When annular metal pipe member 50' is formed from annular metal pipe 50" by extruding, portions of inner annular brazing metal member 512a and the structure of second element 511b of annular base metal member 511 are helically removed from annular metal pipe 50" to form projected stripes 52' and helical grooves 53' at about equal intervals, as illustrated in FIG. 7. As a result, inner annular brazing metal member 512a is removed and second element 511b of annular base metal member 511 is thinned at the positions corresponding to helical grooves 53' of annular metal pipe member 50'. However, inner annular brazing metal member 512a and second element 511b of annular base metal member 511 remain intact at the positions corresponding to projected stripes 52' of annular metal pipe member 50'.

After annular metal pipe member 50' has been formed, annular metal pipe member 50' is pressed, so that flat pipe 50, as illustrated in FIG. 3a, is formed. In constructing flat pipe 50, as illustrated in FIG. 3a, a first portion 521 of projected stripes 52 projects from a lower inner surface of flat pipe 50 and intersects with a second portion 522 of projected stripes 52 projecting from an upper inner surface of flat tube 50. Further, first and second portions 521 and 522 of projected stripes 52 contact with one another, so that a plurality of substantially rhombic contact portions (not shown) are defined therebetween. Accordingly, clad construction 510, as illustrated in FIG. 7, and particularly, inner annular brazing metal member 512a permit the substantially rhombic contact portions defined between the first and second portions 521 and 522 of projected stripes 52 to be brazed to one another during the process of brazing the condenser. As a result, lower and upper portions of flat pipe 50 are fixedly connected to each other through projected stripes 52, so that flat pipe 50 is reinforced to be able to sufficiently resist the force of internal refrigerant pressure.

In operation of a refrigerant circuit including a condenser according to the first embodiment, the refrigerant in each of flat tubes 50 flows along the first and second portions 521 and 522 of projected stripes 52, so that the refrigerant flows through each of flat tubes 50 in a turbulent flow condition. As a result, no thermal gradient occurs in the refrigerant which flows through flat tubes 50. Therefore, the temperature of the refrigerant flowing through flat tube 50 is substantially uniform with respect to the lateral direction of flat tube 50 and, thereby, the heat exchanging performance of condenser 100 increases.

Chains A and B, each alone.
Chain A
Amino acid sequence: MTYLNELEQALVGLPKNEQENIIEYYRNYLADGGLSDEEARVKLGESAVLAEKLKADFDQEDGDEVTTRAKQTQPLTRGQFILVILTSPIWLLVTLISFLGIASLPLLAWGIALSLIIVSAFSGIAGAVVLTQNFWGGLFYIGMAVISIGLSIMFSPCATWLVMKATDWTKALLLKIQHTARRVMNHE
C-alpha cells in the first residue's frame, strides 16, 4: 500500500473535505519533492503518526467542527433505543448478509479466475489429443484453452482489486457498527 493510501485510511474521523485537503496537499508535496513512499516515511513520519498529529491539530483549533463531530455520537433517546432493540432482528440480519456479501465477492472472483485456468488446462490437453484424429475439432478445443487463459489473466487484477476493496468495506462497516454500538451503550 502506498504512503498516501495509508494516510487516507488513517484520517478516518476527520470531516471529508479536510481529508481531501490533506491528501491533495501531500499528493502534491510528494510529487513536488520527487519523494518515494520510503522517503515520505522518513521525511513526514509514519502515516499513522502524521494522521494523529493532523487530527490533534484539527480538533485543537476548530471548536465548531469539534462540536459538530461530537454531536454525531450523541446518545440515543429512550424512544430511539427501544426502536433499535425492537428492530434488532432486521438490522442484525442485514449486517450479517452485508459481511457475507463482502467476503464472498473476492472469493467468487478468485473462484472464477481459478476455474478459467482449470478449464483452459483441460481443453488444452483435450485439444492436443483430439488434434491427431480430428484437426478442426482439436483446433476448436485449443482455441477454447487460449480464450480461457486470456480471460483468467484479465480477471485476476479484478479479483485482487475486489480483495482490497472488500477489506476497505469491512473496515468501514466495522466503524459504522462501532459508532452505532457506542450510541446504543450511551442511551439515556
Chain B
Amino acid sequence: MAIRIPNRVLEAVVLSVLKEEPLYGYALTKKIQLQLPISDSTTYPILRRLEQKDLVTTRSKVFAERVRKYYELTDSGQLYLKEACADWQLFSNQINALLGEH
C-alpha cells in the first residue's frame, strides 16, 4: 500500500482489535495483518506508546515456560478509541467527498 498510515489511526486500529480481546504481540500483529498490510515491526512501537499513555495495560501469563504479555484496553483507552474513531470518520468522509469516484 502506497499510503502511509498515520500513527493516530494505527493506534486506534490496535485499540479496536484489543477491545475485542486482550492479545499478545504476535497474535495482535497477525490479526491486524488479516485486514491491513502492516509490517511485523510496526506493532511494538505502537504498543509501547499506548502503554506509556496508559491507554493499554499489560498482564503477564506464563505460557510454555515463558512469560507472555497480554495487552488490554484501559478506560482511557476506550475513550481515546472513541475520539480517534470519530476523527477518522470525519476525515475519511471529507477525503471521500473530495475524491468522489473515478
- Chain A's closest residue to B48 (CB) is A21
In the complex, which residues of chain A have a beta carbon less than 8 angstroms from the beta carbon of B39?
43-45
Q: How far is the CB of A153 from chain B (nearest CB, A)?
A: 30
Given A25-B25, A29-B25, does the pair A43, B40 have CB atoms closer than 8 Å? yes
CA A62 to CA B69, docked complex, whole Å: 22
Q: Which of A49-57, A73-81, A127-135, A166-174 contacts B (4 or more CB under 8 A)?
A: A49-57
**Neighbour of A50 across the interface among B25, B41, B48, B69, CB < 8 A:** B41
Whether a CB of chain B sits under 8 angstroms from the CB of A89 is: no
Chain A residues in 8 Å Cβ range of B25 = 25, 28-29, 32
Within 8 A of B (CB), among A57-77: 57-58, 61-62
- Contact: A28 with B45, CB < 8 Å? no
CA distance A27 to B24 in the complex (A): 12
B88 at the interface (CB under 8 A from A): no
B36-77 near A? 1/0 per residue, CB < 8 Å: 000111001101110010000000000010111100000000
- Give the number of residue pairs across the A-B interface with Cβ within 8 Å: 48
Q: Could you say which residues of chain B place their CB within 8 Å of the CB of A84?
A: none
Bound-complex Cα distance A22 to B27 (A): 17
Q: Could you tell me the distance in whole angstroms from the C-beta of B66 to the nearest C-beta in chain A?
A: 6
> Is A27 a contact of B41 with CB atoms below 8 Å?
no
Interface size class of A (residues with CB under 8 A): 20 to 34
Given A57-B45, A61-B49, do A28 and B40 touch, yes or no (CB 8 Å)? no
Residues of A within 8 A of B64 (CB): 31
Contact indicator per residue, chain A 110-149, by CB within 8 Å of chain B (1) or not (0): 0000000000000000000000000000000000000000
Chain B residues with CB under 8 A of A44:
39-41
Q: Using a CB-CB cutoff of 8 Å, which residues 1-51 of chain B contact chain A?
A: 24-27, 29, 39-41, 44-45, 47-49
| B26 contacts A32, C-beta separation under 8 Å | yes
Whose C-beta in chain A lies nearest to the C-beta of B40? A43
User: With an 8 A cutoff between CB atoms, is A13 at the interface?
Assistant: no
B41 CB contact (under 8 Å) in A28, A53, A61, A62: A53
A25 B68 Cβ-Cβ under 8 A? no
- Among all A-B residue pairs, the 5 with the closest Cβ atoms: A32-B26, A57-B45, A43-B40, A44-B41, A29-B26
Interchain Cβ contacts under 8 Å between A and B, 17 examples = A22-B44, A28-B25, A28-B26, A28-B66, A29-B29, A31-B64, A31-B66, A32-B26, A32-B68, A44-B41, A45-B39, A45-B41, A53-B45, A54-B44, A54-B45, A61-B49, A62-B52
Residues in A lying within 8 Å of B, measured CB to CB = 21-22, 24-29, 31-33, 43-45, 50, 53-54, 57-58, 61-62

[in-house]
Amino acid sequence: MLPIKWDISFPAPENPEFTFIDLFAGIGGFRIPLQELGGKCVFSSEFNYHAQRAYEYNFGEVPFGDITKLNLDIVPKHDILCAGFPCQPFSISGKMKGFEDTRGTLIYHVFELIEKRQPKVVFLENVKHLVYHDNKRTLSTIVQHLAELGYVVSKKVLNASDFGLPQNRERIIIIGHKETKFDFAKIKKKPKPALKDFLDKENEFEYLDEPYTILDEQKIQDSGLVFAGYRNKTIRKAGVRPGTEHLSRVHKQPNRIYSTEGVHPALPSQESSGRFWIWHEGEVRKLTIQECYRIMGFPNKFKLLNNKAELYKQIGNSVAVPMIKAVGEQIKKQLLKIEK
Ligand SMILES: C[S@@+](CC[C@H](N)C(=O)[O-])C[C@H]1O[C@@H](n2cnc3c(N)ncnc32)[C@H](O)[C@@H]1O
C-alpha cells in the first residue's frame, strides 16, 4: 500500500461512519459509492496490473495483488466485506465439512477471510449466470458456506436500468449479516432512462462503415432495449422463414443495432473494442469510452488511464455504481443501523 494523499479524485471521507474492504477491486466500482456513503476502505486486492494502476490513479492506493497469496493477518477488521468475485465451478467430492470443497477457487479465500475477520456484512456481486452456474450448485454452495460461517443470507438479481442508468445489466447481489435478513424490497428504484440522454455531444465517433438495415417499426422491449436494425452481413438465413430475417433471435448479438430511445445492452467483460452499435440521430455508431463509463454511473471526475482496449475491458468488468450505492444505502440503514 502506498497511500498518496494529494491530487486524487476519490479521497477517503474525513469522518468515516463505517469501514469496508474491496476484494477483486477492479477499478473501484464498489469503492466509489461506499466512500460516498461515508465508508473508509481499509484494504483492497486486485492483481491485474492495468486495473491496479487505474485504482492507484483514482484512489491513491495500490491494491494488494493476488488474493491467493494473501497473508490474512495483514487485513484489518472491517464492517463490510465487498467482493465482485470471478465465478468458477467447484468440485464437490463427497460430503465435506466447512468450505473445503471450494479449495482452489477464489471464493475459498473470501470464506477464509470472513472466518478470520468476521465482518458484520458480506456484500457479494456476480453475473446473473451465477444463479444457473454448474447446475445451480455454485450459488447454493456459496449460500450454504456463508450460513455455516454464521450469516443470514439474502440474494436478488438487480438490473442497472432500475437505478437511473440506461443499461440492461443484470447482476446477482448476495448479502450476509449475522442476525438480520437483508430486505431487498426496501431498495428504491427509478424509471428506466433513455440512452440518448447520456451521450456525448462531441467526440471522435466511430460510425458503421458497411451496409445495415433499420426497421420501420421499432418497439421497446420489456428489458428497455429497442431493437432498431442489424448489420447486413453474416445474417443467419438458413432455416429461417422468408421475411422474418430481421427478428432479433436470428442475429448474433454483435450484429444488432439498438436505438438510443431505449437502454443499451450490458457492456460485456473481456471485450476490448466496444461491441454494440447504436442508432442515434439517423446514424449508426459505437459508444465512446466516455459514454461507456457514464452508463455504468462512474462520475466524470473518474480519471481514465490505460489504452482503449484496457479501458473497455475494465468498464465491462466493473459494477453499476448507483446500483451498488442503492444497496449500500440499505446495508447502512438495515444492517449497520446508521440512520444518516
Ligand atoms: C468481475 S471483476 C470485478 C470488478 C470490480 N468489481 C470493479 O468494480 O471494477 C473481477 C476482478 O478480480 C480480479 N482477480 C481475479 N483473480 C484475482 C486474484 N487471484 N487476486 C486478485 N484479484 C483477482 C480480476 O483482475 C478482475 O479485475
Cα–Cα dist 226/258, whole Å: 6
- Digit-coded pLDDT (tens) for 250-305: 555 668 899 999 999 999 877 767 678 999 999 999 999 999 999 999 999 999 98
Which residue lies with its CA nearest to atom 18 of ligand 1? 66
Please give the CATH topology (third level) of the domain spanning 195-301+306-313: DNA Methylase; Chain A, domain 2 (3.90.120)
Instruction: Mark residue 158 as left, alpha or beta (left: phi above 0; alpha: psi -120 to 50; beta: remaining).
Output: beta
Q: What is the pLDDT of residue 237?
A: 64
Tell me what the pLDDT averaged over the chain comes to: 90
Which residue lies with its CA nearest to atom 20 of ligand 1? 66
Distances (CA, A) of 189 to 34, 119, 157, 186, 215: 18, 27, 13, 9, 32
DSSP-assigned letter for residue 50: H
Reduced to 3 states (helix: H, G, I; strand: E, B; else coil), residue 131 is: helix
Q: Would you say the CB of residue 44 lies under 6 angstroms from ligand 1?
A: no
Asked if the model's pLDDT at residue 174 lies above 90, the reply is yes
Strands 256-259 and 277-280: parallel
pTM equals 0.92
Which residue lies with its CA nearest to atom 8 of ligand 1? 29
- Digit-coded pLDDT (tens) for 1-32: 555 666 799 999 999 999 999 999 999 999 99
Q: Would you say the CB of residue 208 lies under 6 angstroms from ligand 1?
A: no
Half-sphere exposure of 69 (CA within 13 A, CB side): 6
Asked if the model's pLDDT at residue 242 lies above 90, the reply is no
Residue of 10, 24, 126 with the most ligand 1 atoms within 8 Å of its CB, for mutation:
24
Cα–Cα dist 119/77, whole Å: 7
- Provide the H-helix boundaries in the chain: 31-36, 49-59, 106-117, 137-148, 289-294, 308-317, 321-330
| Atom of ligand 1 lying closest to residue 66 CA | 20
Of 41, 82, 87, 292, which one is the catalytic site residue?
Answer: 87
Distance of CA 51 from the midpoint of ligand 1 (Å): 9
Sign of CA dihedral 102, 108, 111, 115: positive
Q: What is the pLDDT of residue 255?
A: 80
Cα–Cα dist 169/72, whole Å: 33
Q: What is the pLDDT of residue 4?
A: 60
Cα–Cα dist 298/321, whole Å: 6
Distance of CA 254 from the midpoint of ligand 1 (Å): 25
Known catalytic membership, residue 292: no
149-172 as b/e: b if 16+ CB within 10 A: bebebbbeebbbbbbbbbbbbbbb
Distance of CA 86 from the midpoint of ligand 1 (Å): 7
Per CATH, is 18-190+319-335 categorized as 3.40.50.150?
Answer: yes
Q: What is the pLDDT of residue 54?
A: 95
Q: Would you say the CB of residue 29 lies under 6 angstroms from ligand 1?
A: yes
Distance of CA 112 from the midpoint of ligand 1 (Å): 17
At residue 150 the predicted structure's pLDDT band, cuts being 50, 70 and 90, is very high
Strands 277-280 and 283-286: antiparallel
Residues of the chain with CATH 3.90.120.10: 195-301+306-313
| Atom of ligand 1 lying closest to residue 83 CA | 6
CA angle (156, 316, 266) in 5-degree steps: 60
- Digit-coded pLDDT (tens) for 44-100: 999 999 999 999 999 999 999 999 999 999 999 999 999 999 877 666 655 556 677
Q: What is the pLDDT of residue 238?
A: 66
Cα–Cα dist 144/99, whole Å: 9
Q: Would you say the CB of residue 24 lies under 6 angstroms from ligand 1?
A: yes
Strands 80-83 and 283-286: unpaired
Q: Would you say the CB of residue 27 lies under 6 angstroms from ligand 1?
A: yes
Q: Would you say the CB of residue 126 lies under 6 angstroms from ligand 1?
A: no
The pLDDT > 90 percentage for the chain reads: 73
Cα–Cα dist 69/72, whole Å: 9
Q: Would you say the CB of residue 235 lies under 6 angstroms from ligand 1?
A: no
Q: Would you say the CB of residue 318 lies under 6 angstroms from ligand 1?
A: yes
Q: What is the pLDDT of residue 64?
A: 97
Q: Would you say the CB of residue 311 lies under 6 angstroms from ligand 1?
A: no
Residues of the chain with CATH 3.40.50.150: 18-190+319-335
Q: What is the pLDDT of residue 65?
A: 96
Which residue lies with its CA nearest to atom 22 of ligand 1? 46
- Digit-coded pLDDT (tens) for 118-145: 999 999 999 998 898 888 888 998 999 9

FIG. 8a illustrates a partial perspective view of a flat tube 60 for use in a condenser in accordance with a second embodiment of the present invention. A construction of flat tube 60 is similar to that of flat tube 50 of FIGS. 3a-b except that a trace 611 is formed, for example, by electric resistance welding on an exterior surface of flat tube member 61 of flat tube 60.

Referring to FIGS. 9-12, a method for manufacturing flat tube 60 is described in detail below. First, metal plate member 600, as illustrated in FIG. 9, is formed from a billet of aluminum alloy (not shown), for example, by extruding. Alternatively, metal plate member 600 may be formed by machining a metal plate (not shown). With reference to FIG. 9, metal plate member 600 includes a plurality of identical projected stripes 52" formed on one surface thereof. Projected stripes 52" have substantially rectangular cross-sections and extend longitudinally along metal plate member 600. Projected stripes 52" are spaced from one another at about equal intervals. Consequently, a plurality of identical grooves 53" having substantially rectangular cross-sections are formed between adjacent projected stripes 52". Further, metal plate member 600 may have a clad construction similar to the clad construction illustrated in FIG. 7.

Rectangular metal plate member 60" illustrated in FIG. 11 then may be formed, for example, by punching metal plate member 600 along a dotted line labeled "B" in FIG. 10. Accordingly, projected stripes 52" are arranged to extend diagonally along the length of rectangular metal plate member 60", as illustrated in FIG. 11.

After it has been punched from metal plate member 600, rectangular metal plate member 60", having two longitudinal edges, may be curled by using a curling apparatus (not shown) to be cylindrical in shape, and then both edges of curled rectangular metal plate member 60" may be fixedly connected to each other, for example, by electric resistance welding. Thus, as illustrated in FIG. 12, annular metal pipe member 60' having projected stripes 52' and grooves 53' may be formed. In this step, the trace 611 of electric resistance welding is formed on an exterior surface of annular metal pipe member 60'.